Beadwork at Soboba

A few examples of the beautiful beadwork done by Soboba’s Lopez family. - Photos courtesy of the Soboba Band of Luiseño Indians

Lexi Lopez started a beadworking business with her mother Kathy and grandmother Sherry in 2015. Her younger sister, Jazmyne, beads as well. Lopezbeading was launched when Lopez, now 21, was in boarding school at Sherman Indian High School in Riverside.

She learned how to bead at the age of 15 when she took a beading class as one of her electives. Once she started to bead, she would teach the rest of her family what she learned when she went home on weekends.

“I wanted to earn some extra money because I was always breaking my phone and I could use the money I made from beading to fix my phone screen,” said Lexi Lopez, who specializes in wrap lanyards, wristlets and zipper pulls. “I put on 40 to 50 beads at a time and ‘wrap’ it around the paracord.”

She said the largest order fulfilled by lopezbeading so far was making 15 lanyards for Soboba Tribal TANF.

“My mother (Kathy Lopez) can do it all,” Lexi Lopez said. “She beads earrings using the two-needle method and she can bead lanyards and wristlets using the wrap and peyote stitch method. She can also make long hanging earrings.”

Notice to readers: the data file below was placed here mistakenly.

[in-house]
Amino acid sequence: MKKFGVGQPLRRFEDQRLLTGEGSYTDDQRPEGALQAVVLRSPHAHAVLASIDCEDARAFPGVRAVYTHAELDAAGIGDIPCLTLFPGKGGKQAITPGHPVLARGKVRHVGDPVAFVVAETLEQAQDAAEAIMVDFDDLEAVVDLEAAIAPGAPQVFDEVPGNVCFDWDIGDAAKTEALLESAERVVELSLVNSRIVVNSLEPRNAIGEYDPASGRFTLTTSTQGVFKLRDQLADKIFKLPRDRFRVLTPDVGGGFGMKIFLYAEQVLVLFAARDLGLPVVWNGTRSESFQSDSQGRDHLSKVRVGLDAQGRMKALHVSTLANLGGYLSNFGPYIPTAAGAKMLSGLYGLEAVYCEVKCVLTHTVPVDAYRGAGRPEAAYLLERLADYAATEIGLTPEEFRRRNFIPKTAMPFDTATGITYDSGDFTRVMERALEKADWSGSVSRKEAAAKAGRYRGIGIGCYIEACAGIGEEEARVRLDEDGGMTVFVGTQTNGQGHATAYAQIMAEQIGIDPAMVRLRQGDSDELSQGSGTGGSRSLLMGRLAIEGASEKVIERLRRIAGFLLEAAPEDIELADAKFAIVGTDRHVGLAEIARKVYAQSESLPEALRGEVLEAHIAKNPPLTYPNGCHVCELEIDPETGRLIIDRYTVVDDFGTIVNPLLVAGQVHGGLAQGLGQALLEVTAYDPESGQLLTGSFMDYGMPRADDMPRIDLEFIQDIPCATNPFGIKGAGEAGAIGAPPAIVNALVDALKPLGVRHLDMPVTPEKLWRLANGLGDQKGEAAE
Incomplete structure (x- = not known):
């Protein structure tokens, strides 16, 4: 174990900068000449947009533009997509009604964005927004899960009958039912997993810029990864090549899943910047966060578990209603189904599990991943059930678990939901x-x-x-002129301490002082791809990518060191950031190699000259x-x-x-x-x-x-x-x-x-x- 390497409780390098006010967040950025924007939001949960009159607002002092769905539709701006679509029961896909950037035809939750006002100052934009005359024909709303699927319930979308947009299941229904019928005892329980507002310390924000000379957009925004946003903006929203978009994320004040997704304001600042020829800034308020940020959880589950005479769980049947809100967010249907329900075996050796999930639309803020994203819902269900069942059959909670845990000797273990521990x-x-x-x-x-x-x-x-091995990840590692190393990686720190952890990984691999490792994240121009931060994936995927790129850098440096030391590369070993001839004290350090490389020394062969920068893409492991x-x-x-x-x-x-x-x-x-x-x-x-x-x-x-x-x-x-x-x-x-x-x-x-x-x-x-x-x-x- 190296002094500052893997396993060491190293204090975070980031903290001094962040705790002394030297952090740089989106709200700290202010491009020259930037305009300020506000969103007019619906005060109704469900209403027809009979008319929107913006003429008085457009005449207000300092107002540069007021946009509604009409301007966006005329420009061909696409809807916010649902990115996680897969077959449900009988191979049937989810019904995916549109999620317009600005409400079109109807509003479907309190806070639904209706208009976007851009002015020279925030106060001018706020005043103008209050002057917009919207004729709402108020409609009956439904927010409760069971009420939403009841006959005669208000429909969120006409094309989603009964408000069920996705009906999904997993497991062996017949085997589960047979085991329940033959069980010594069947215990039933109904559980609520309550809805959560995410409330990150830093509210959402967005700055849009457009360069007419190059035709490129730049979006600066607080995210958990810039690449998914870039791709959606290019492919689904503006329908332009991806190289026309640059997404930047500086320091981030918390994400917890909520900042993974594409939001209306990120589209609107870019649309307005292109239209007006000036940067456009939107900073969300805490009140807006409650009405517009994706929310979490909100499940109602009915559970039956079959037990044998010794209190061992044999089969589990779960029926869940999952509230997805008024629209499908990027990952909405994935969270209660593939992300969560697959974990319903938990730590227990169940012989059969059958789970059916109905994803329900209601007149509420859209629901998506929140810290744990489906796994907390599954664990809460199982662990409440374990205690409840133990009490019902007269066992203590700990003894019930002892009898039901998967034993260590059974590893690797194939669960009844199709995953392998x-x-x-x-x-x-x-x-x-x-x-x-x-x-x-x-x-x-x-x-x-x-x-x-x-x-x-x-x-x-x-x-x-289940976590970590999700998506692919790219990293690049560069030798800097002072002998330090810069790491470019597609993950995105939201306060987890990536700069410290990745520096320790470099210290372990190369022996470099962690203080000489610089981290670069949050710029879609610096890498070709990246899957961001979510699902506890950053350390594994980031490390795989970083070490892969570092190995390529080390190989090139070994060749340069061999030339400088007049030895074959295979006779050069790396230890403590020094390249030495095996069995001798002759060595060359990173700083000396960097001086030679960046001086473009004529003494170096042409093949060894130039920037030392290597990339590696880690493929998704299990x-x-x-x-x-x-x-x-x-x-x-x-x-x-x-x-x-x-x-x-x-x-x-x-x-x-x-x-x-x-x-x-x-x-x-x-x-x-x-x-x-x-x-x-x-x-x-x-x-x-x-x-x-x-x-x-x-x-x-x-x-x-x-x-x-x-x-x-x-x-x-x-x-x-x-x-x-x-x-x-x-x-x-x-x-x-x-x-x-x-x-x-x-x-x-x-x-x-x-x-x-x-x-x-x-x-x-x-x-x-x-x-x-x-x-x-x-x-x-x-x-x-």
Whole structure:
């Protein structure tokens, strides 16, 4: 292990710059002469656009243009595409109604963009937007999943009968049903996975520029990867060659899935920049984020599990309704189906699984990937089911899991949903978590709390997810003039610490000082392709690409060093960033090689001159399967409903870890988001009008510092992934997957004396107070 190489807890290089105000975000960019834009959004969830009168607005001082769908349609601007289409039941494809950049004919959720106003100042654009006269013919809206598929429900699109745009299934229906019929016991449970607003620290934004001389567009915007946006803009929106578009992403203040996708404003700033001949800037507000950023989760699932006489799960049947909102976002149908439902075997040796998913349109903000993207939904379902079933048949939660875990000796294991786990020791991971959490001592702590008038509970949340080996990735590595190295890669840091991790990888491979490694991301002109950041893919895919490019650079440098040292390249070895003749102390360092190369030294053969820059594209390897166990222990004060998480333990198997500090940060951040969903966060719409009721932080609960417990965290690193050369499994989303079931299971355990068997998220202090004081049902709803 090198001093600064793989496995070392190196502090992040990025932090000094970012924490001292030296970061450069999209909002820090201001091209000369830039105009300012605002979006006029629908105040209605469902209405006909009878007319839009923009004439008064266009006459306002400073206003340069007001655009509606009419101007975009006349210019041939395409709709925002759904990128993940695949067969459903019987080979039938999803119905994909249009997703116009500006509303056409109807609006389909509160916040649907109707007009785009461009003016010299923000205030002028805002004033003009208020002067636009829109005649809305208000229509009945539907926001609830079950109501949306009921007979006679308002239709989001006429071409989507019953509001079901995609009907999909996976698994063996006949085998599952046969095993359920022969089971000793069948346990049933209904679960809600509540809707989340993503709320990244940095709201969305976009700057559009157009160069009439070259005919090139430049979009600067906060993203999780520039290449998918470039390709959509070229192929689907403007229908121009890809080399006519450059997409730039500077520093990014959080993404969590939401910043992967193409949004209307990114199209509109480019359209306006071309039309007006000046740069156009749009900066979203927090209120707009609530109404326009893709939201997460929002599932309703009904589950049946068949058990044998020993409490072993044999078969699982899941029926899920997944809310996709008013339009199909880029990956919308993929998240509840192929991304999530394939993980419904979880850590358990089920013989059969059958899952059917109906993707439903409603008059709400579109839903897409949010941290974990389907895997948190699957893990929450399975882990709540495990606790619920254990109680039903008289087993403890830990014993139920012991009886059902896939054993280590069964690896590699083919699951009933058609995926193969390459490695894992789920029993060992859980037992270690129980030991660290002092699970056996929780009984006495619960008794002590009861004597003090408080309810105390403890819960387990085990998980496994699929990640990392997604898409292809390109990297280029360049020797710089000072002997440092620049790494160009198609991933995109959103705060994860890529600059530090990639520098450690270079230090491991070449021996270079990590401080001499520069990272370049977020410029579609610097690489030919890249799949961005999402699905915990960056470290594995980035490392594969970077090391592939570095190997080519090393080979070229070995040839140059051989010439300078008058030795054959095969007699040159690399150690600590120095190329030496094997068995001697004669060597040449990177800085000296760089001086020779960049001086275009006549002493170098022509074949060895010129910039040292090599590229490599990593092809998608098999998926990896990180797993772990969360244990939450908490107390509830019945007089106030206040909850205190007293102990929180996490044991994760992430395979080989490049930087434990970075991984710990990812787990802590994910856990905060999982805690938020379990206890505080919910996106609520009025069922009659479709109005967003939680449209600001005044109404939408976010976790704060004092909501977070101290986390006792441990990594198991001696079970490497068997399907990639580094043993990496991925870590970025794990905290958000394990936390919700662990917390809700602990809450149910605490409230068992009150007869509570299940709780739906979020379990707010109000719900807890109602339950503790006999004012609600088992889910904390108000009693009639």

Photos courtesy of the Soboba Band of Luiseño Indians

Peyote stitch is a bead weaving technique used to create beaded pieces without a loom (off-loom beadweaving). Using a beading needle and thread, beads are woven together is a zig-zag fashion. By zig-zagging the thread through offset rows of beads, any size or shape can be created. The offset alignment achieved with peyote stitches give texture and interest to beaded jewelry and accessories. It’s a great style to use for bracelets, necklaces and small bags or amulets.

The name peyote comes from early Native American rituals. An early form of the stitch was used to create beaded objects for use in religious ceremonies that included the use of the peyote cactus. Although modern peyote stitch is different from the techniques used by early Native Americans and African artists, the name has remained.

“My sister, Jazmyne Lopez, makes earrings using a basic beaded applique method where you put five beads down and tack down three; she also can peyote stitch,” Lexi Lopez said. “My grandmother, Sherry Lopez, sews and is currently working on sewing kitchen sets.”

The process to fill a typical order is asking the client for the colors, length and quantity of the items they want. Once work has begun on an order, it generally takes about three to six weeks to complete depending on several factors such as the size of the order and how many orders lopezbeading is working on at the time.

“What I think we all enjoy about doing this type of work is people recognizing our brand. Recognition is a rewarding feeling for all the hard work we put into each item we create,” Lexi Lopez said. “Our three arrows logo represents me, my mom and grandma.”

While many small businesses have been adversely affected by the coronavirus pandemic, lopezbeading has found a positive aspect to it.

“It has pushed us to work harder and put more time and effort into making our business the best it can be,” Lexi Lopez said.


Soboba Band of Luiseño Indians • Contributed

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